In astronomy and satellite communication, it is useful to use standards based on the mass of either the Sun or the Earth. This is transformed into a length standard by saying that the standard length is the distance from the centre of the body at which a planet or satellite would have a given orbital velocity. The method was first used by Carl Friedrich Gauss in 1801 to calculate the orbit of Ceres, and was refined by Simon Newcomb in his Tables of the Sun (1895).

The astronomical unit is one example of such a length standard, based on the solar mass and approximately equal to the average distance between the Earth and the Sun. The "light time per unit distance" is an essential parameter in calculating planetary ephemerides, and is simply the inverse of c in astronomical units per second. It is measured by comparing the time taken for radio signals to reach different spacecraft in the Solar System with their position as caculated from the gravitational effects of the Sun and the various planets. By combining many such measurements, a "best fit" value for the light time per unit distance can be obtained. The 2009 best estimate, as approved by the International Astronomical Union (IAU), is:
light time per unit distance:
c = =
The relative uncertainty in these measurements is 0.02 parts per billion (0.02 ), equivalent to the uncertainty in Earth-based measurements of length by interferometry.

The light time per unit distance is effectively the same quantity that was measured by Rømer and Cassini in the late 17th century, where they gave a value of "ten to eleven minutes", slightly longer than the currently accepted value of 8 minutes 19 seconds.

Laboratory demonstration

With modern electronics, particularly oscilloscopes with time resolutions of less than one nanosecond, the speed of light can now be directly measured by timing the delay of a light pulse from a laser or an LED reflected from a mirror, although this method is less precise than either the cavity resonator or the interferometric methods.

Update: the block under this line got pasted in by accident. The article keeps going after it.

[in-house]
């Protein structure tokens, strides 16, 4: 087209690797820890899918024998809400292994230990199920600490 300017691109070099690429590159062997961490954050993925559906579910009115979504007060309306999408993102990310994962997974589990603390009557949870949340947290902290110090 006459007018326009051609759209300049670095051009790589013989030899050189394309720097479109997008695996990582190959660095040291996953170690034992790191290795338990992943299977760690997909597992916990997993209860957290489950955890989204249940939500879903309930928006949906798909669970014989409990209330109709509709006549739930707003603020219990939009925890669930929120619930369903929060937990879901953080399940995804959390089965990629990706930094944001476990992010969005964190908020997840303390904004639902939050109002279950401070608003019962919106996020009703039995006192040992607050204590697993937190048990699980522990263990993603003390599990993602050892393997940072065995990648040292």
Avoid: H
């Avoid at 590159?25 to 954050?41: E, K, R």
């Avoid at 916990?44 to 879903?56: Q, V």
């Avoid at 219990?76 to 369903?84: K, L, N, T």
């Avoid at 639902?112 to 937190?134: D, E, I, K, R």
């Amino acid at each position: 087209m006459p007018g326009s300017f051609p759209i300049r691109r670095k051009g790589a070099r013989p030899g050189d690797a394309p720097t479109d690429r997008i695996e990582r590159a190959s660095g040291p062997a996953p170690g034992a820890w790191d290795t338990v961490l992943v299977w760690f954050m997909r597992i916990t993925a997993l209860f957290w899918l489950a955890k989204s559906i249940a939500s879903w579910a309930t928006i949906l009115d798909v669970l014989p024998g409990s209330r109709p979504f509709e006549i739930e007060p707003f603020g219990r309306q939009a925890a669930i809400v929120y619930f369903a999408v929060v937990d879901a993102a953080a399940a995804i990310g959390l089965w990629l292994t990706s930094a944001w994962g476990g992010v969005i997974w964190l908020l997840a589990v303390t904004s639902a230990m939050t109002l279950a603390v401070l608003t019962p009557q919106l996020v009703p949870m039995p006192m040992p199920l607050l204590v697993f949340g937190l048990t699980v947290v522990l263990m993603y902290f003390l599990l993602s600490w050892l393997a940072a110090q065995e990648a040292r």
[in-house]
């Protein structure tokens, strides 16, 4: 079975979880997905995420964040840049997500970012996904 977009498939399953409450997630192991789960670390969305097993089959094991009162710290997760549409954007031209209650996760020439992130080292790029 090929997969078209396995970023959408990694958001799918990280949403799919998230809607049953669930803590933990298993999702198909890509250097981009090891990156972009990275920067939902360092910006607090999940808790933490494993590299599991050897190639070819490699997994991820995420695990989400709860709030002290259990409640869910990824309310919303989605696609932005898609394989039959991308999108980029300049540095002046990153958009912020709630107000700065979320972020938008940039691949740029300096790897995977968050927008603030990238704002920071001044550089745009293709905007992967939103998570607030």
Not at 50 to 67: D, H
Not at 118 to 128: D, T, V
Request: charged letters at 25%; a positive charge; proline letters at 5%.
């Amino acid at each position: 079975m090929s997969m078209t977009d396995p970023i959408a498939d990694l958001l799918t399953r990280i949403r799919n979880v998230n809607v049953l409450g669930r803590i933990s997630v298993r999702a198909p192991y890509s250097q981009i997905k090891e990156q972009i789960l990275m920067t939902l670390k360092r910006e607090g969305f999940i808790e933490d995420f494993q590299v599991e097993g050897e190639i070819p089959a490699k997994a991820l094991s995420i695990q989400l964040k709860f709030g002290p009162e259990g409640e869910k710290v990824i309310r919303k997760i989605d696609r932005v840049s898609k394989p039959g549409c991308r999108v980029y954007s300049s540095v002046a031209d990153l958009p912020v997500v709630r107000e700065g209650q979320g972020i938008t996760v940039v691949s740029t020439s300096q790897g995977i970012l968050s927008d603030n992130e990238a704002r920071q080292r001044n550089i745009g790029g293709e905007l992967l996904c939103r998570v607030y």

See also



Notes

References

Citations

  1. The speed of light can also be expressed exactly in imperial units and US units, based on an inch of exactly 2.54 cm, as 186,282 miles, 698 yards, 2 feet, and inches per second. ( Archived version 2009-11-14.)
  2. Archived version 2009-11-17
  3. See for example: * * * *
  4. English translation:
  5. Strictly speaking, it is only possible to experimentally verify that the two-way speed of light (for example from a source to a mirror and back again) is frame-independent, since it is impossible to measure the one-way speed of light (for example from a source to a distant detector) without some convention as to how clocks at the source and detector should be synchronized. However, by adopting Einstein synchronization for the clocks, the one-way speed of light becomes equal to the two way speed of light by definition.
  6. An overview can be found in the dissertation of
  7. archived version 2009-11-17
  8. See Relativity of simultaneity.
  9. It is thought that the Scharnhorst effect does allow signals to travel slightly faster than c, but the special conditions in which this effect can occur prevent one from using this effect to violate causality.
  10. See Tachyonic antitelephone for an example.
  11. Archived version 2009-11-17
  12. Reprinted in
  13. Further discussion can be found at
  14. (cf. )
  15. Besides Rømer, the group included Giovanni Domenico Cassini and Jean Picard.
  16. . The text of Prop. XI is identical between the first (1704) and second (1719) editions.
  17. A detailed discussion of the interferometer and its use for determining the speed of light can be found in
  18. also found in


Historical references

  • . Translated as


Modern references



External links




Embed code:
Advertisements






Got something to say? Make a comment.
Your name
Your email address
Message